IS PROBATE COURT REQUIRED IN IOWA?
In many cases, the probate process is required after a person dies. There are very few exceptions that allow you to avoid probate. The first exception is if the deceased person had an estate of less than $50,000 and doesn’t include real estate; normally the heirs simply need an affidavit (a short document signed under oath) to transfer the assets accordingly. You could also likely avoid probate in Iowa if the deceased person had a revocable living trust or a validated will with named beneficiaries. Even life insurance policies, retirement accounts, and bank accounts may allow you to list a beneficiary in the event of death. The best way to avoid probate for your loved ones in the future is by planning ahead and managing your assets accordingly while you’re still alive.
WHAT OCCURS DURING THE PROBATE PROCESS?
If probate court is required after the death of a loved one, there’s a chance it could be a lengthy process depending on the circumstances. According to Iowa law, the person who has possession of the will (usually the executor) needs to file the will after learning about the person’s death. The first step of probate is filing a petition with the court, which normally includes submitting the death certificate and other documents, like a will or estate planning records. Then, the court will review the deceased person’s Last Will Testament to ensure it was created legally according to Iowan laws. If the will is valid, then the named executor will be responsible for handling the deceased person’s assets according to the will. In cases with no valid will, the court will need to decide who is next of kin.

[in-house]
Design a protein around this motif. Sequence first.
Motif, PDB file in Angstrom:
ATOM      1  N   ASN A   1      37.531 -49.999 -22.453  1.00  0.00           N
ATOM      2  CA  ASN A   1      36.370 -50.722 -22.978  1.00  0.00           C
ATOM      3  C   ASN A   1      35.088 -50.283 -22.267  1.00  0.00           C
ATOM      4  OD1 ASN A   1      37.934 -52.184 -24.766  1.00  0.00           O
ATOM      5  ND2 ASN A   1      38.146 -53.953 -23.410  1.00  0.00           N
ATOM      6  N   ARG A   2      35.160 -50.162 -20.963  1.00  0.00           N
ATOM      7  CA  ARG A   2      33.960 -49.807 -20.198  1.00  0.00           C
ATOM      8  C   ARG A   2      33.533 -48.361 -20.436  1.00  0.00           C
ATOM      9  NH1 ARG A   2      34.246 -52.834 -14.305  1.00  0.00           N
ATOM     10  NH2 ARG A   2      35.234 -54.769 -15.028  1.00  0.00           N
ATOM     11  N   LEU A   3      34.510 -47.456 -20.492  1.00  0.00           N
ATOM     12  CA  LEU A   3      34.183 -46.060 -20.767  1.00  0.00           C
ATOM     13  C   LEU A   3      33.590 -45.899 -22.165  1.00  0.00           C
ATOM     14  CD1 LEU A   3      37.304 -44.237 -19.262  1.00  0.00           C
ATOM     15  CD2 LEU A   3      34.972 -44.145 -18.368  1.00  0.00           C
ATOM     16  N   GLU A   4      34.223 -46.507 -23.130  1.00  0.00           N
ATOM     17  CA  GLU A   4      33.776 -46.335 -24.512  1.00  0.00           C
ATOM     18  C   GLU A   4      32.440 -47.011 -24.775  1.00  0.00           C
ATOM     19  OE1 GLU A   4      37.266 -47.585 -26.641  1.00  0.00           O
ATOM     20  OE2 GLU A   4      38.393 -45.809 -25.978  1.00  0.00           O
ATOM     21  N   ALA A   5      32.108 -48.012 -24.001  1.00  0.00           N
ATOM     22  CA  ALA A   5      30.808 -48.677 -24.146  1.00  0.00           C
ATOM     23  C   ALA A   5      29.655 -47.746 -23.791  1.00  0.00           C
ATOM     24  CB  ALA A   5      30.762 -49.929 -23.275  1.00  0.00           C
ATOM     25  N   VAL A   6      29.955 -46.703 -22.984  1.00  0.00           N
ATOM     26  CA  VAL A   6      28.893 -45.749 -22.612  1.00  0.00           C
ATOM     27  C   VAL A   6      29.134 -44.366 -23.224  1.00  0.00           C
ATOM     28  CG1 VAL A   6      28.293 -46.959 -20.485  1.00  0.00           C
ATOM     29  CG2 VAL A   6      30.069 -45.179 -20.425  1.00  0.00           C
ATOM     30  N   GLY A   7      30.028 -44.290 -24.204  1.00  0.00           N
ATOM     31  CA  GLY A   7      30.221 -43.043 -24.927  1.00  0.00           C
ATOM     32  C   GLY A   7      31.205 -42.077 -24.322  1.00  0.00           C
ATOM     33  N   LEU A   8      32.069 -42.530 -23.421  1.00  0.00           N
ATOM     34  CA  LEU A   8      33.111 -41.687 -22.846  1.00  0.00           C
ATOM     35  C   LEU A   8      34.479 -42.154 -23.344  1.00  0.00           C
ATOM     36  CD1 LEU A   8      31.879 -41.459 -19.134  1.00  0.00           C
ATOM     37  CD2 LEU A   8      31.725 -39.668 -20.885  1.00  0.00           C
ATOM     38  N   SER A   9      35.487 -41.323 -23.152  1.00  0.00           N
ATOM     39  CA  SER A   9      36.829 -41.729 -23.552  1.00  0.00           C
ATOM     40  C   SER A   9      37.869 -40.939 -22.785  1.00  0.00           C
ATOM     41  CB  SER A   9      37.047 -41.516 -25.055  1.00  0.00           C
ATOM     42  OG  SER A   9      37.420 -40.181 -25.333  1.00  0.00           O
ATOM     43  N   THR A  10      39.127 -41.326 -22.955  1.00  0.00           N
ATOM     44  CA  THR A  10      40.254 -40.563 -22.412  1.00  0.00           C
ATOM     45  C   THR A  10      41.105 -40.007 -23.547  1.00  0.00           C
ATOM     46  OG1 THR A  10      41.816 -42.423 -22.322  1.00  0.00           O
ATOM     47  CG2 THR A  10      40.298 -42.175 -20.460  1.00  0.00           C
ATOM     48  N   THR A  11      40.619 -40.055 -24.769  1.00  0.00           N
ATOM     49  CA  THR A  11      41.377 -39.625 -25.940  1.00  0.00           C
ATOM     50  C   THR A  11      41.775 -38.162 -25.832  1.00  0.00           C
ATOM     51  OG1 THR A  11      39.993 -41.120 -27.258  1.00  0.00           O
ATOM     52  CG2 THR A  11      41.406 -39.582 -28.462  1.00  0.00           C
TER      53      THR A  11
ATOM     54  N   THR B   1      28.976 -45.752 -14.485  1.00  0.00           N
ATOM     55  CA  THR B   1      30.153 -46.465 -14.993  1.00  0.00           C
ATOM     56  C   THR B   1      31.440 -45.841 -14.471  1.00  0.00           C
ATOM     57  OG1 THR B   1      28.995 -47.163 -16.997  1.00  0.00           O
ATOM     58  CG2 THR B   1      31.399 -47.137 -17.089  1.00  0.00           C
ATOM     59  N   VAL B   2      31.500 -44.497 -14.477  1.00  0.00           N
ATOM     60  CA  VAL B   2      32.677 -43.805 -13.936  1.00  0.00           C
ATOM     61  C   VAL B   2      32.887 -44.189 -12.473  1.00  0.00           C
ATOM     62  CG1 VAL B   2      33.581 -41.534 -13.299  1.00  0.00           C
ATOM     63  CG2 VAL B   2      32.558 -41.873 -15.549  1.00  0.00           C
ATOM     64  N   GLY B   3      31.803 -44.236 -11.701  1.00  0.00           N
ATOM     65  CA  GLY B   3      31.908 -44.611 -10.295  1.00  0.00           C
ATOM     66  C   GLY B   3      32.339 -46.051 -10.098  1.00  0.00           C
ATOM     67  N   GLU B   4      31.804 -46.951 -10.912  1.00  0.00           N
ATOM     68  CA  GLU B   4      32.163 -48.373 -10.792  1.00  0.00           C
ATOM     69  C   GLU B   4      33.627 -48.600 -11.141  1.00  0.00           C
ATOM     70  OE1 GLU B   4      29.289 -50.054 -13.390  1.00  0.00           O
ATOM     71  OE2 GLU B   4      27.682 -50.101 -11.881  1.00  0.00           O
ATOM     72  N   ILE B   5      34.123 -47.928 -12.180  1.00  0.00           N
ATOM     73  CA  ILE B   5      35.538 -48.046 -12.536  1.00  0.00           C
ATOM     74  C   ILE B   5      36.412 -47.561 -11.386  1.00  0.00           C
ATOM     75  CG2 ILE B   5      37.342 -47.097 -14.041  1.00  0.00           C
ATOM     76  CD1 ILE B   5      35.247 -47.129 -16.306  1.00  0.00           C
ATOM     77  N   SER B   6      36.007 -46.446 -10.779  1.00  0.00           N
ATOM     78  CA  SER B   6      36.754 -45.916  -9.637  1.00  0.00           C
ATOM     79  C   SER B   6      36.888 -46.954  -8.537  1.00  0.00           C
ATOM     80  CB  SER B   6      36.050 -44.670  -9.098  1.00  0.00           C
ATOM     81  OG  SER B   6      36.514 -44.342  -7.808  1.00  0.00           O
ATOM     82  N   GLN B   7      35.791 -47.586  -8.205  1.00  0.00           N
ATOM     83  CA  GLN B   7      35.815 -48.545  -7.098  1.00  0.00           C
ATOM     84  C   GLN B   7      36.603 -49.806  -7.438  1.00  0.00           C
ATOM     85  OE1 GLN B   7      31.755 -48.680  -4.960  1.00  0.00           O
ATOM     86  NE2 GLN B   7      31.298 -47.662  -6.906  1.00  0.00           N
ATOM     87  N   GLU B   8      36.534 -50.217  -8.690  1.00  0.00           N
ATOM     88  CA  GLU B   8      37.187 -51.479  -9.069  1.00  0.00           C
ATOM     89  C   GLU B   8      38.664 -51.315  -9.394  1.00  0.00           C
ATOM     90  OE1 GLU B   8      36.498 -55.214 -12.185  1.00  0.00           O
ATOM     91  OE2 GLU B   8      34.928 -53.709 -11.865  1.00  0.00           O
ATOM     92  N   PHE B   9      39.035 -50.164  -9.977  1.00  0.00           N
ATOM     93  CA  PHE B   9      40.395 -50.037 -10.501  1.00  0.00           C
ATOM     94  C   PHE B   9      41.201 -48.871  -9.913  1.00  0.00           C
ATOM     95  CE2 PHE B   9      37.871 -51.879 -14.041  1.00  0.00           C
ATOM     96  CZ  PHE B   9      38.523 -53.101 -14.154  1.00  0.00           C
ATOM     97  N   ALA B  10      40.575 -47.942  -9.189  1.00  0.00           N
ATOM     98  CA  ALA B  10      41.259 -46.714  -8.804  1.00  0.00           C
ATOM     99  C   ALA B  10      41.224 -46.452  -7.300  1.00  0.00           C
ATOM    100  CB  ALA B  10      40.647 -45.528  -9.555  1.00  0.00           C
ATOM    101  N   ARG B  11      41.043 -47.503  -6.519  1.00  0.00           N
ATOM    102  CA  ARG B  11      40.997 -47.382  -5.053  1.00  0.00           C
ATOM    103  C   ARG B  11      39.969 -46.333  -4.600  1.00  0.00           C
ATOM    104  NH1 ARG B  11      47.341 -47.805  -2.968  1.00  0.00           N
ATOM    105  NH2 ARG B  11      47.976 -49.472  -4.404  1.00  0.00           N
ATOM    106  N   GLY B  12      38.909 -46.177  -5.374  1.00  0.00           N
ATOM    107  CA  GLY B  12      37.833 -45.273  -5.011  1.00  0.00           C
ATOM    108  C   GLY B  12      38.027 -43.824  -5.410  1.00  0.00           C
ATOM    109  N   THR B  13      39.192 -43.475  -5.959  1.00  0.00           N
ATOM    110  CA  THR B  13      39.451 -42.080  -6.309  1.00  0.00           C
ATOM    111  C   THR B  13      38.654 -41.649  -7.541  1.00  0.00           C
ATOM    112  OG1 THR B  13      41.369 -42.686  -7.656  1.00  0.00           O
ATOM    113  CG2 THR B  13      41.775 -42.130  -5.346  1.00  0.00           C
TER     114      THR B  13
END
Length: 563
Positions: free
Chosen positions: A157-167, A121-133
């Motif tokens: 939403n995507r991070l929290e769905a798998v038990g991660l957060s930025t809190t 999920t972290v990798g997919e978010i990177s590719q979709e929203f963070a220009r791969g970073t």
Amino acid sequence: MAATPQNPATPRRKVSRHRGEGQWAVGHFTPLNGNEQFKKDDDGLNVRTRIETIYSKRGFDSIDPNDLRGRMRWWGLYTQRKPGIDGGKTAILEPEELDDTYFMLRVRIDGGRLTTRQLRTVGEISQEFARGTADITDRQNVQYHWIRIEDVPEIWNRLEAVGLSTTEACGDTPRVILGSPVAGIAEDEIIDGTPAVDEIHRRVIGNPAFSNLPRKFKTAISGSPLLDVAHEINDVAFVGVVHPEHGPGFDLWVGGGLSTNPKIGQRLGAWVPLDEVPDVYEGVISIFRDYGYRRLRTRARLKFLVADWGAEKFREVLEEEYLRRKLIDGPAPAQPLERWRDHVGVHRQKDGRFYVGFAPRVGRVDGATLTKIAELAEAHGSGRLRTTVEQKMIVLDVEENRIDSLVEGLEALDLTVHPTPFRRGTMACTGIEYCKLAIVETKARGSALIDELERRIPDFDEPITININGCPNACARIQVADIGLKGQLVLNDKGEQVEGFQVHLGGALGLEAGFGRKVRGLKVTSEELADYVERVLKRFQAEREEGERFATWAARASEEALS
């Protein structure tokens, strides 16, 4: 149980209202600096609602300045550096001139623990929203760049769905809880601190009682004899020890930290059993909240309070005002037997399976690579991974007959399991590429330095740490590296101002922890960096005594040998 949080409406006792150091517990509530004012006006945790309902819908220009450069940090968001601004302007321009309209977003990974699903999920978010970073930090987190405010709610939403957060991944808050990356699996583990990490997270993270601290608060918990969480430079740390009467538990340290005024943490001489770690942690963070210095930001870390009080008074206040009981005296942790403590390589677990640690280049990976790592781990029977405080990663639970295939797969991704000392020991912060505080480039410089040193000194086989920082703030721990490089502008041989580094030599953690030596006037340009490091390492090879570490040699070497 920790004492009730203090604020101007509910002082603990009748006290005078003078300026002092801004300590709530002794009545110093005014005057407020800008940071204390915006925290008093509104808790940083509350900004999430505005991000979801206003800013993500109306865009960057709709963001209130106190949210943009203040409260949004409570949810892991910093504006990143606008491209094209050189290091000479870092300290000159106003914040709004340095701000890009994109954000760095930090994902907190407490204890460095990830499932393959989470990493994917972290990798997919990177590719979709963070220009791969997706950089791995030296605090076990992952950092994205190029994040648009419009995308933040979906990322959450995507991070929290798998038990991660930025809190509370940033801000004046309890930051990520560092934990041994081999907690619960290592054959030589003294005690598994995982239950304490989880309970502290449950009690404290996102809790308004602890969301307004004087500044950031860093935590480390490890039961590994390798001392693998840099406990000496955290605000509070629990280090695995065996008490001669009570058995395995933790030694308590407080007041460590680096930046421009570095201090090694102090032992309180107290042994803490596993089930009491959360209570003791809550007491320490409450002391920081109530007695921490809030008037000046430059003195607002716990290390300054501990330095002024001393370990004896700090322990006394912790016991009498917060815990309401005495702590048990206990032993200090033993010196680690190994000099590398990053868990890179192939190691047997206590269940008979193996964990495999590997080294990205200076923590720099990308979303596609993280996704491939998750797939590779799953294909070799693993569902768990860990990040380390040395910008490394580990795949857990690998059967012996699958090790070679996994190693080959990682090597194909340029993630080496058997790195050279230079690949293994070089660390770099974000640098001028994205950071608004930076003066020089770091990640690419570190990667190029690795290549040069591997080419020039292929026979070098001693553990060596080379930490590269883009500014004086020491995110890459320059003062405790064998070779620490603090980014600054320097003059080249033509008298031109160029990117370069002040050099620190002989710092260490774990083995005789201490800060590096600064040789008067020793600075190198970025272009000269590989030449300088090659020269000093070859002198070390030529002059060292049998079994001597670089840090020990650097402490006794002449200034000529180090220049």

The executor must inform relatives, friends, creditors, and others of the person’s death, and they must also take inventory of the deceased person’s assets. The executor is responsible for paying off any withstanding debts first and then distributing the rest of the assets to any named beneficiaries. After fulfilling all their responsibilities, the deceased person’s estate can be closed. When there isn’t a will, the court will provide instructions to the executor on how the assets will be handled, which normally means a much longer probate process.
For quality legal counseling through the probate process, you can count on Herting Law PLLC. Contact our law offices today to learn how a probate attorney can help you!